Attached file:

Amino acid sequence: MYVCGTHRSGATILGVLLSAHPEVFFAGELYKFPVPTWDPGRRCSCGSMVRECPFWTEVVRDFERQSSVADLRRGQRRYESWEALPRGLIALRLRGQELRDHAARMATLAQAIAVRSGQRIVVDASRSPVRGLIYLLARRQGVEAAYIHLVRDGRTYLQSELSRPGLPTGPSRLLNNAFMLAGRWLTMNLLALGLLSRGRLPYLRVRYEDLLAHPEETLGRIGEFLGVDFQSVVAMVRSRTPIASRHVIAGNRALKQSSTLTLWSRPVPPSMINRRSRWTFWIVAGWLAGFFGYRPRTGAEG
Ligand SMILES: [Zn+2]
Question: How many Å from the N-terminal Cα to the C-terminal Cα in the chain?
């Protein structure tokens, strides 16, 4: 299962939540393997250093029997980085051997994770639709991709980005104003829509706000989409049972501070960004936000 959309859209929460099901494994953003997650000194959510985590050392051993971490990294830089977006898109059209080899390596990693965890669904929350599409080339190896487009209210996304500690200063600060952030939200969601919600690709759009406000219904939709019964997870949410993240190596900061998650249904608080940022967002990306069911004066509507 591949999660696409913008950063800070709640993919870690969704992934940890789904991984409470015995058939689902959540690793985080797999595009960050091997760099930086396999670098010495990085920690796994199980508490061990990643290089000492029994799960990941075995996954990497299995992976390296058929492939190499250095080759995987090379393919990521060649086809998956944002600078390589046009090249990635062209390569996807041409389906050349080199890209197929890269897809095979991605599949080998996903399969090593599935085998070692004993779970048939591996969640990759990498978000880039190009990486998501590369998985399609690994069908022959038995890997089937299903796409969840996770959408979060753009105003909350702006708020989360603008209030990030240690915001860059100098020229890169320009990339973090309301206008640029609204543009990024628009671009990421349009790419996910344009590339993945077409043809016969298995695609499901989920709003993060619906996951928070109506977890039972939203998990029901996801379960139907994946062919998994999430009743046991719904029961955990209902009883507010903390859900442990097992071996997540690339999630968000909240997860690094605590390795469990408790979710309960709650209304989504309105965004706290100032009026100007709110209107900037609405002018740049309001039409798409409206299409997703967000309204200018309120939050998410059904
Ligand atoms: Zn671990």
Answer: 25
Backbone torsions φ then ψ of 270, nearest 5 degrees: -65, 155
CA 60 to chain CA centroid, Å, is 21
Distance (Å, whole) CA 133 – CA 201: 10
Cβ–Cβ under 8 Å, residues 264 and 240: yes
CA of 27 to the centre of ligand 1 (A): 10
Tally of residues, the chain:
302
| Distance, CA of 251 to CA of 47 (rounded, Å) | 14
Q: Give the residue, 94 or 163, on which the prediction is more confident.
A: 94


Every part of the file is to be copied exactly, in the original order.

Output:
Amino acid sequence: MYVCGTHRSGATILGVLLSAHPEVFFAGELYKFPVPTWDPGRRCSCGSMVRECPFWTEVVRDFERQSSVADLRRGQRRYESWEALPRGLIALRLRGQELRDHAARMATLAQAIAVRSGQRIVVDASRSPVRGLIYLLARRQGVEAAYIHLVRDGRTYLQSELSRPGLPTGPSRLLNNAFMLAGRWLTMNLLALGLLSRGRLPYLRVRYEDLLAHPEETLGRIGEFLGVDFQSVVAMVRSRTPIASRHVIAGNRALKQSSTLTLWSRPVPPSMINRRSRWTFWIVAGWLAGFFGYRPRTGAEG
Ligand SMILES: [Zn+2]
Question: How many Å from the N-terminal Cα to the C-terminal Cα in the chain?
């Protein structure tokens, strides 16, 4: 299962939540393997250093029997980085051997994770639709991709980005104003829509706000989409049972501070960004936000 959309859209929460099901494994953003997650000194959510985590050392051993971490990294830089977006898109059209080899390596990693965890669904929350599409080339190896487009209210996304500690200063600060952030939200969601919600690709759009406000219904939709019964997870949410993240190596900061998650249904608080940022967002990306069911004066509507 591949999660696409913008950063800070709640993919870690969704992934940890789904991984409470015995058939689902959540690793985080797999595009960050091997760099930086396999670098010495990085920690796994199980508490061990990643290089000492029994799960990941075995996954990497299995992976390296058929492939190499250095080759995987090379393919990521060649086809998956944002600078390589046009090249990635062209390569996807041409389906050349080199890209197929890269897809095979991605599949080998996903399969090593599935085998070692004993779970048939591996969640990759990498978000880039190009990486998501590369998985399609690994069908022959038995890997089937299903796409969840996770959408979060753009105003909350702006708020989360603008209030990030240690915001860059100098020229890169320009990339973090309301206008640029609204543009990024628009671009990421349009790419996910344009590339993945077409043809016969298995695609499901989920709003993060619906996951928070109506977890039972939203998990029901996801379960139907994946062919998994999430009743046991719904029961955990209902009883507010903390859900442990097992071996997540690339999630968000909240997860690094605590390795469990408790979710309960709650209304989504309105965004706290100032009026100007709110209107900037609405002018740049309001039409798409409206299409997703967000309204200018309120939050998410059904
Ligand atoms: Zn671990």
Answer: 25
Backbone torsions φ then ψ of 270, nearest 5 degrees: -65, 155
CA 60 to chain CA centroid, Å, is 21
Distance (Å, whole) CA 133 – CA 201: 10
Cβ–Cβ under 8 Å, residues 264 and 240: yes
CA of 27 to the centre of ligand 1 (A): 10
Tally of residues, the chain:
302
| Distance, CA of 251 to CA of 47 (rounded, Å) | 14
Q: Give the residue, 94 or 163, on which the prediction is more confident.
A: 94